As a refresher, “stamina” is your ability to push through a workout without getting tired—in other words, it’s what drives you to reach your maximum effort in the gym for a given length of time—which is fundamental to your overall strength. “Stamina is important for a productive life,”says Zac Armstrong, master instructor at YogaSix. “If you don’t have stamina, how will you accomplish multiple things in a day without getting fatigued?” So, for example, the better your stamina is, the better you’ll be able to catch up with your running puppy… a very important daily life activity, indeed.
Unlike HIIT or cardio, which keep you at your max effort for long periods of time, yoga works to boost stamina mainly through its focus on matching your breathing with your movement. “Yoga can improve your stamina and cardiorespiratory fitness because it helps your body better utilize its oxygen intake,” says Armstrong. And learning how to control your breath—and make the most of every inhalation, the way you do in a yoga class—can pay off immensely in endurance-focused activities like running or cycling. “Yoga also opens up your body in general, creating more room for your respiratory system to operate.” Plus, not only can you actually build physical stamina while keeping still, but staying calm during the discomfort of certain poses can help you build mental stamina, too, says Armstrong. Ready to flow for your stamina powers? Keep scrolling for how to do it in your next practice.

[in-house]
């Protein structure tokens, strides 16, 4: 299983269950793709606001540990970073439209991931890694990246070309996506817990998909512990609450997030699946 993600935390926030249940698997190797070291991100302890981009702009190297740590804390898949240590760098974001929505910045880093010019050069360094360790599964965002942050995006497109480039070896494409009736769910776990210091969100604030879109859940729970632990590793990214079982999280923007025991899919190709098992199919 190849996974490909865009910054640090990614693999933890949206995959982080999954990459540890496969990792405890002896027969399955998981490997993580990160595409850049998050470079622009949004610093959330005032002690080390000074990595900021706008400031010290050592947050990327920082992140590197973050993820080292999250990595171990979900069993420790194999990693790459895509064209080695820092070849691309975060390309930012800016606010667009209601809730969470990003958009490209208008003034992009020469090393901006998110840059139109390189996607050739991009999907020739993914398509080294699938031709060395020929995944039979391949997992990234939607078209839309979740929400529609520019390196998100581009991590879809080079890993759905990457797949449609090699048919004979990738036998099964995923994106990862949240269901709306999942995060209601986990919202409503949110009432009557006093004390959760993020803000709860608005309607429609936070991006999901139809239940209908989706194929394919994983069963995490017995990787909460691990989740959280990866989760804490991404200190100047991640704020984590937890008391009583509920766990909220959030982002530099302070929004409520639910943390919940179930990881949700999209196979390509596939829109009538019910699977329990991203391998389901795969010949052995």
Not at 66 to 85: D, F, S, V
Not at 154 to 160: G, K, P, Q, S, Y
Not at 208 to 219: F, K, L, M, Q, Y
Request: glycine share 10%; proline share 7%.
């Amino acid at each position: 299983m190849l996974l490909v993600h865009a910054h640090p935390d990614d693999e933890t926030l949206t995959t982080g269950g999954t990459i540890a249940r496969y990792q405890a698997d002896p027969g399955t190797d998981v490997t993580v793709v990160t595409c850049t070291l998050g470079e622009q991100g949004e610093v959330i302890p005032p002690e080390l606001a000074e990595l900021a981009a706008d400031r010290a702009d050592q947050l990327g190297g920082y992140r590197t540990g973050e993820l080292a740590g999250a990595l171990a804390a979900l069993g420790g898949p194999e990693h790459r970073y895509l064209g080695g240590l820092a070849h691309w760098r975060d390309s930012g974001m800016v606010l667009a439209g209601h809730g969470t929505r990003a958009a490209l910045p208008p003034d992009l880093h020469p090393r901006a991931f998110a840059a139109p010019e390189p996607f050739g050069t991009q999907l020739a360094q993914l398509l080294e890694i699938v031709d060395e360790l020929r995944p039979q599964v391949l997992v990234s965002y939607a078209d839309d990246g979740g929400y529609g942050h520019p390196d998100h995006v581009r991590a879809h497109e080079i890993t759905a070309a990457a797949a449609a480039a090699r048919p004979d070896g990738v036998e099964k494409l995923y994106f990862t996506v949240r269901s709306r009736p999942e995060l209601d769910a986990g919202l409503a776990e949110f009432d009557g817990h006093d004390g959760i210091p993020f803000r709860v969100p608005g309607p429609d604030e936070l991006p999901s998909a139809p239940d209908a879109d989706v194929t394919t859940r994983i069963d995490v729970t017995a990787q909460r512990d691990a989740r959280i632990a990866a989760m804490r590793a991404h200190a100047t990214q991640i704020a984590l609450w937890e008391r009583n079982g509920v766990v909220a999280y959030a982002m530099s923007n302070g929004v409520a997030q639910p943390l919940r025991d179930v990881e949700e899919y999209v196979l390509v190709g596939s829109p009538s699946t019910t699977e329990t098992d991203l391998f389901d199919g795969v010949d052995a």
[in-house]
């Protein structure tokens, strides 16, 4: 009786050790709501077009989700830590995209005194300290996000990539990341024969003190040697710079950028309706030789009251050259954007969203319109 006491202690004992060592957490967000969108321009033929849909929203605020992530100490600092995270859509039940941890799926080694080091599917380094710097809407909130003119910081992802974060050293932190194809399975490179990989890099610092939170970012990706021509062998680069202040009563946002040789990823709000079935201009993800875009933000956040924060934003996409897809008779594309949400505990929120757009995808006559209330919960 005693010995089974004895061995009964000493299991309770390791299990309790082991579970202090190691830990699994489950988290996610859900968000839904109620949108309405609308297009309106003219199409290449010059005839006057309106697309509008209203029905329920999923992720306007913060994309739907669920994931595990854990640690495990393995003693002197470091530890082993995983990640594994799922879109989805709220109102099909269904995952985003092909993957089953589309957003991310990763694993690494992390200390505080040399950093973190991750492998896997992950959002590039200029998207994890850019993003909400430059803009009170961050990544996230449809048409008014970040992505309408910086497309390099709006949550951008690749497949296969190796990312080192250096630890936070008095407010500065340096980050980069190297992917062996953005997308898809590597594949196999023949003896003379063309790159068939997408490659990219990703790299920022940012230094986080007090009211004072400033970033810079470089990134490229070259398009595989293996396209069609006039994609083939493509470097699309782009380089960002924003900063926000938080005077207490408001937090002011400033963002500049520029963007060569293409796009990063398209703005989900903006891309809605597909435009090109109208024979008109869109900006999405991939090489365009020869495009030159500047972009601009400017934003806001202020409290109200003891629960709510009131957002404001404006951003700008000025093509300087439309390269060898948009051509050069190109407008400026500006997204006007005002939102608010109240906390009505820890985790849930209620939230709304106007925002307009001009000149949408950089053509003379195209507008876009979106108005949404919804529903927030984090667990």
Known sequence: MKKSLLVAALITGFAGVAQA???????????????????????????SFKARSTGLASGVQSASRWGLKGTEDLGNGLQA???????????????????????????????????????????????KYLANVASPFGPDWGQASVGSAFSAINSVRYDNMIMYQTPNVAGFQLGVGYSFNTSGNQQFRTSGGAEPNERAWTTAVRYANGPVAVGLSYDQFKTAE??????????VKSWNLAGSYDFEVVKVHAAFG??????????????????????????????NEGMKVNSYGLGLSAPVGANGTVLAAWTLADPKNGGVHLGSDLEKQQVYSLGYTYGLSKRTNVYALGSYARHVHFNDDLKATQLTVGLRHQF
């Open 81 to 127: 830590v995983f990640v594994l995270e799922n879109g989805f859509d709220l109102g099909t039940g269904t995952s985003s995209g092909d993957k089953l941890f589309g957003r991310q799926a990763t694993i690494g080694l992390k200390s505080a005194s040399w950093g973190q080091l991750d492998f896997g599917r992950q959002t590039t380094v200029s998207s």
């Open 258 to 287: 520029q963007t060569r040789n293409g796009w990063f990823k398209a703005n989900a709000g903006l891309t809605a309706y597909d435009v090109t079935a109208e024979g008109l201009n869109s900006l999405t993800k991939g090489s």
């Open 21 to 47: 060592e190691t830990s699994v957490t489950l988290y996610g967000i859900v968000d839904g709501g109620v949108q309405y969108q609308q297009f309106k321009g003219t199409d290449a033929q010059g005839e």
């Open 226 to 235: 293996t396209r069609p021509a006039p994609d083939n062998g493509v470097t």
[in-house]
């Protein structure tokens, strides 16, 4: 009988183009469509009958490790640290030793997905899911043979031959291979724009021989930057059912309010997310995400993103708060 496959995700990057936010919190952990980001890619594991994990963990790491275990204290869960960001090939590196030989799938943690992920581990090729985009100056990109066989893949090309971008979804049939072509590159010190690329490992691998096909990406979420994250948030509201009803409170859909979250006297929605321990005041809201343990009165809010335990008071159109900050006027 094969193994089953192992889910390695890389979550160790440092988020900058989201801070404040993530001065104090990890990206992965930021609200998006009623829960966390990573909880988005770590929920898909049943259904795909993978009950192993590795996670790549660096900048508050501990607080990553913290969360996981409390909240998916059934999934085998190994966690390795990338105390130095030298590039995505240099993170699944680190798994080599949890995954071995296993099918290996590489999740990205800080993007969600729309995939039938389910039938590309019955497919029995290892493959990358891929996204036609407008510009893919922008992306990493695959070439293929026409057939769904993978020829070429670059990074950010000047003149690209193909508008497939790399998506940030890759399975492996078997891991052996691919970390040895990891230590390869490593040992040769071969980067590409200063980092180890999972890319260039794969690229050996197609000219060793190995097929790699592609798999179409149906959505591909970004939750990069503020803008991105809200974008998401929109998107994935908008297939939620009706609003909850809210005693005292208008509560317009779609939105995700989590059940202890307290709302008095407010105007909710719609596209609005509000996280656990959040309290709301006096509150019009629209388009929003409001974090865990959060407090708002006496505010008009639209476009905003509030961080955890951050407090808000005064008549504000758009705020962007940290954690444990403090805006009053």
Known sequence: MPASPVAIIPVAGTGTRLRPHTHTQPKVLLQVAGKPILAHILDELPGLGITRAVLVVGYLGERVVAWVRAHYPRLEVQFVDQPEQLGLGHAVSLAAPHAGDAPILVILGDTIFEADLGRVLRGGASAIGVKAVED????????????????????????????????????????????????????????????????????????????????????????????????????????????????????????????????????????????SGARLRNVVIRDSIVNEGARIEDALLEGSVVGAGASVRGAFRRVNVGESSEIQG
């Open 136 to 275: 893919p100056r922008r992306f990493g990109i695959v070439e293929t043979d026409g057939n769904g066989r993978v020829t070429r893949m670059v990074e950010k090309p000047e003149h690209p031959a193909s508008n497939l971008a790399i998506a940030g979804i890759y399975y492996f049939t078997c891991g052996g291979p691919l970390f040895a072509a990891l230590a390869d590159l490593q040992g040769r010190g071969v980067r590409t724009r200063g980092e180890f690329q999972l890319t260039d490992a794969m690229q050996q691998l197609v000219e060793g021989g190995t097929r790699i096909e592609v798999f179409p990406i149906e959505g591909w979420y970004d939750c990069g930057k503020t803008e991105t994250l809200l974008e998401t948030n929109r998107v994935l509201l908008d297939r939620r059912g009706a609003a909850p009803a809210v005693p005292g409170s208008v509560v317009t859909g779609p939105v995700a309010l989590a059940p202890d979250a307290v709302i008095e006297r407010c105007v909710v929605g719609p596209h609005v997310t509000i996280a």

How to use yoga to increase stamina
1. Incorporate power yoga flows: Armstrong recommends mixing a fast-paced power class into your weekly workout mix, as these challenge your cardio endurance.
2. Do slow flow classes: Slower-moving flows may not feel as intense as those that get your heart-rate up, but they do help you subtly build strength and mental stamina by holding poses for longer periods of time.
3. Consider hot yoga: Another option is to sign up for a heated yoga class. “Heat and humidity add a challenging aspect to your breathing patterns,” says Armstrong. “In heated rooms, you have a tendency to use more oxygen, so it’s imperative to be able to control your breathing and heart rate so you don’t overheat.” This then improves your cardiorespiratory fitness, and ultimately, your stamina.
Get flowing with this 11-minute yoga workout:
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